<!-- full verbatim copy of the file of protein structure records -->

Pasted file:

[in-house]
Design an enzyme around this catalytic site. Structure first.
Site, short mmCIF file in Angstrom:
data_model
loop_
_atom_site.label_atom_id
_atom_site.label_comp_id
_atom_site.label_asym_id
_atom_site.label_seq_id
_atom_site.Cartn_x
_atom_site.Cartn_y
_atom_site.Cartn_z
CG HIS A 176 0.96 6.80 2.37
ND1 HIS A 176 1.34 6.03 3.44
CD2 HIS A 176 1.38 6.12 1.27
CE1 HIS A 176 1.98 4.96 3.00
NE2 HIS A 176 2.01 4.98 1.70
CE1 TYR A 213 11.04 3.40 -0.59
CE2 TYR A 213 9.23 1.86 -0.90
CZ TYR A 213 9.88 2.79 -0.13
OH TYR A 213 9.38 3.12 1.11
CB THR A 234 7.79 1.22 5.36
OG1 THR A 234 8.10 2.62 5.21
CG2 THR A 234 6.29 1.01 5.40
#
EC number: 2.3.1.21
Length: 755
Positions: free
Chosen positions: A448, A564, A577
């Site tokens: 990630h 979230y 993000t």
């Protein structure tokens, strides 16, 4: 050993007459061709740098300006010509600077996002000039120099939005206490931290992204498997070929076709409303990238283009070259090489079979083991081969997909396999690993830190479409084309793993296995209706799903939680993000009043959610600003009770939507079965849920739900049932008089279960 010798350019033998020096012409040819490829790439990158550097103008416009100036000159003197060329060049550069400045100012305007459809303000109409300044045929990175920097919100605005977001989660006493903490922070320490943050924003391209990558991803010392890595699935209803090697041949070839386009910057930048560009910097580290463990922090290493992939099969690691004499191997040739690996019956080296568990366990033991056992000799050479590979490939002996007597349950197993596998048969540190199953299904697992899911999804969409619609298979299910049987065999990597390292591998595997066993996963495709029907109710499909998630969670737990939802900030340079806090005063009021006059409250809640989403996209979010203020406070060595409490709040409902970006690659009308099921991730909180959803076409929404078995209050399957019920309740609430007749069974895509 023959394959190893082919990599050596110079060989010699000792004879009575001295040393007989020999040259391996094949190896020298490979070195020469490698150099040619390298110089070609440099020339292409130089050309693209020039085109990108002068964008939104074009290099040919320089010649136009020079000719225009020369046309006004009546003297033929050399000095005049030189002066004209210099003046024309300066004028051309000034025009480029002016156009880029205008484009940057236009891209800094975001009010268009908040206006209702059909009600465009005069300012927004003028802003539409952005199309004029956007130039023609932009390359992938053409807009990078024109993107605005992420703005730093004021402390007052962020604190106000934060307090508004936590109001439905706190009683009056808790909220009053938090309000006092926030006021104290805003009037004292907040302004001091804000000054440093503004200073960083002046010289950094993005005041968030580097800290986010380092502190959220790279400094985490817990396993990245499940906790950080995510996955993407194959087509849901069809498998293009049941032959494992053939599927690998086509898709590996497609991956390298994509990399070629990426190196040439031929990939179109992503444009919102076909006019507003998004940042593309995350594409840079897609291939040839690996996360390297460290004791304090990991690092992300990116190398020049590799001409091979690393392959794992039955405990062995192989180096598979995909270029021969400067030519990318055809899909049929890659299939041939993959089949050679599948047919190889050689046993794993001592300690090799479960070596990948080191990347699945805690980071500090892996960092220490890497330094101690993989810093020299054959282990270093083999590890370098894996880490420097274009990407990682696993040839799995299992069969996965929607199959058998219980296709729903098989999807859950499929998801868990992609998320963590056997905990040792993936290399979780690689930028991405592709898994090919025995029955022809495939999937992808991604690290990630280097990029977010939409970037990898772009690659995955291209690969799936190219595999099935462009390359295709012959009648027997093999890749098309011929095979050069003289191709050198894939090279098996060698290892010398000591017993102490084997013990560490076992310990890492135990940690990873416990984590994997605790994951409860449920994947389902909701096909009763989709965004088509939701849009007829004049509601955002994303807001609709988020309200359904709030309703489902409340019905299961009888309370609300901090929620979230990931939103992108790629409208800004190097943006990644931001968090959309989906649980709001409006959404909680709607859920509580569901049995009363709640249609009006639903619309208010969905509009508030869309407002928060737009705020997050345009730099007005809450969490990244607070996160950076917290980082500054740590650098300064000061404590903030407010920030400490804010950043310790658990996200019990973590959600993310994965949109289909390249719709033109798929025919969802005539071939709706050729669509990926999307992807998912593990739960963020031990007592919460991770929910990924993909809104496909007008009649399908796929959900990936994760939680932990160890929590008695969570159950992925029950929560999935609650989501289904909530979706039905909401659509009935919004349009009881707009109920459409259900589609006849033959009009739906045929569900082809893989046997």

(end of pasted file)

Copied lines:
[in-house]
Design an enzyme around this catalytic site. Structure first.
Site, short mmCIF file in Angstrom:
data_model
loop_
_atom_site.label_atom_id
_atom_site.label_comp_id
_atom_site.label_asym_id
_atom_site.label_seq_id
_atom_site.Cartn_x
_atom_site.Cartn_y
_atom_site.Cartn_z
CG HIS A 176 0.96 6.80 2.37
ND1 HIS A 176 1.34 6.03 3.44
CD2 HIS A 176 1.38 6.12 1.27
CE1 HIS A 176 1.98 4.96 3.00
NE2 HIS A 176 2.01 4.98 1.70
CE1 TYR A 213 11.04 3.40 -0.59
CE2 TYR A 213 9.23 1.86 -0.90
CZ TYR A 213 9.88 2.79 -0.13
OH TYR A 213 9.38 3.12 1.11
CB THR A 234 7.79 1.22 5.36
OG1 THR A 234 8.10 2.62 5.21
CG2 THR A 234 6.29 1.01 5.40
#
EC number: 2.3.1.21
Length: 755
Positions: free
Chosen positions: A448, A564, A577
């Site tokens: 990630h 979230y 993000t």
């Protein structure tokens, strides 16, 4: 050993007459061709740098300006010509600077996002000039120099939005206490931290992204498997070929076709409303990238283009070259090489079979083991081969997909396999690993830190479409084309793993296995209706799903939680993000009043959610600003009770939507079965849920739900049932008089279960 010798350019033998020096012409040819490829790439990158550097103008416009100036000159003197060329060049550069400045100012305007459809303000109409300044045929990175920097919100605005977001989660006493903490922070320490943050924003391209990558991803010392890595699935209803090697041949070839386009910057930048560009910097580290463990922090290493992939099969690691004499191997040739690996019956080296568990366990033991056992000799050479590979490939002996007597349950197993596998048969540190199953299904697992899911999804969409619609298979299910049987065999990597390292591998595997066993996963495709029907109710499909998630969670737990939802900030340079806090005063009021006059409250809640989403996209979010203020406070060595409490709040409902970006690659009308099921991730909180959803076409929404078995209050399957019920309740609430007749069974895509 023959394959190893082919990599050596110079060989010699000792004879009575001295040393007989020999040259391996094949190896020298490979070195020469490698150099040619390298110089070609440099020339292409130089050309693209020039085109990108002068964008939104074009290099040919320089010649136009020079000719225009020369046309006004009546003297033929050399000095005049030189002066004209210099003046024309300066004028051309000034025009480029002016156009880029205008484009940057236009891209800094975001009010268009908040206006209702059909009600465009005069300012927004003028802003539409952005199309004029956007130039023609932009390359992938053409807009990078024109993107605005992420703005730093004021402390007052962020604190106000934060307090508004936590109001439905706190009683009056808790909220009053938090309000006092926030006021104290805003009037004292907040302004001091804000000054440093503004200073960083002046010289950094993005005041968030580097800290986010380092502190959220790279400094985490817990396993990245499940906790950080995510996955993407194959087509849901069809498998293009049941032959494992053939599927690998086509898709590996497609991956390298994509990399070629990426190196040439031929990939179109992503444009919102076909006019507003998004940042593309995350594409840079897609291939040839690996996360390297460290004791304090990991690092992300990116190398020049590799001409091979690393392959794992039955405990062995192989180096598979995909270029021969400067030519990318055809899909049929890659299939041939993959089949050679599948047919190889050689046993794993001592300690090799479960070596990948080191990347699945805690980071500090892996960092220490890497330094101690993989810093020299054959282990270093083999590890370098894996880490420097274009990407990682696993040839799995299992069969996965929607199959058998219980296709729903098989999807859950499929998801868990992609998320963590056997905990040792993936290399979780690689930028991405592709898994090919025995029955022809495939999937992808991604690290990630280097990029977010939409970037990898772009690659995955291209690969799936190219595999099935462009390359295709012959009648027997093999890749098309011929095979050069003289191709050198894939090279098996060698290892010398000591017993102490084997013990560490076992310990890492135990940690990873416990984590994997605790994951409860449920994947389902909701096909009763989709965004088509939701849009007829004049509601955002994303807001609709988020309200359904709030309703489902409340019905299961009888309370609300901090929620979230990931939103992108790629409208800004190097943006990644931001968090959309989906649980709001409006959404909680709607859920509580569901049995009363709640249609009006639903619309208010969905509009508030869309407002928060737009705020997050345009730099007005809450969490990244607070996160950076917290980082500054740590650098300064000061404590903030407010920030400490804010950043310790658990996200019990973590959600993310994965949109289909390249719709033109798929025919969802005539071939709706050729669509990926999307992807998912593990739960963020031990007592919460991770929910990924993909809104496909007008009649399908796929959900990936994760939680932990160890929590008695969570159950992925029950929560999935609650989501289904909530979706039905909401659509009935919004349009009881707009109920459409259900589609006849033959009009739906045929569900082809893989046997």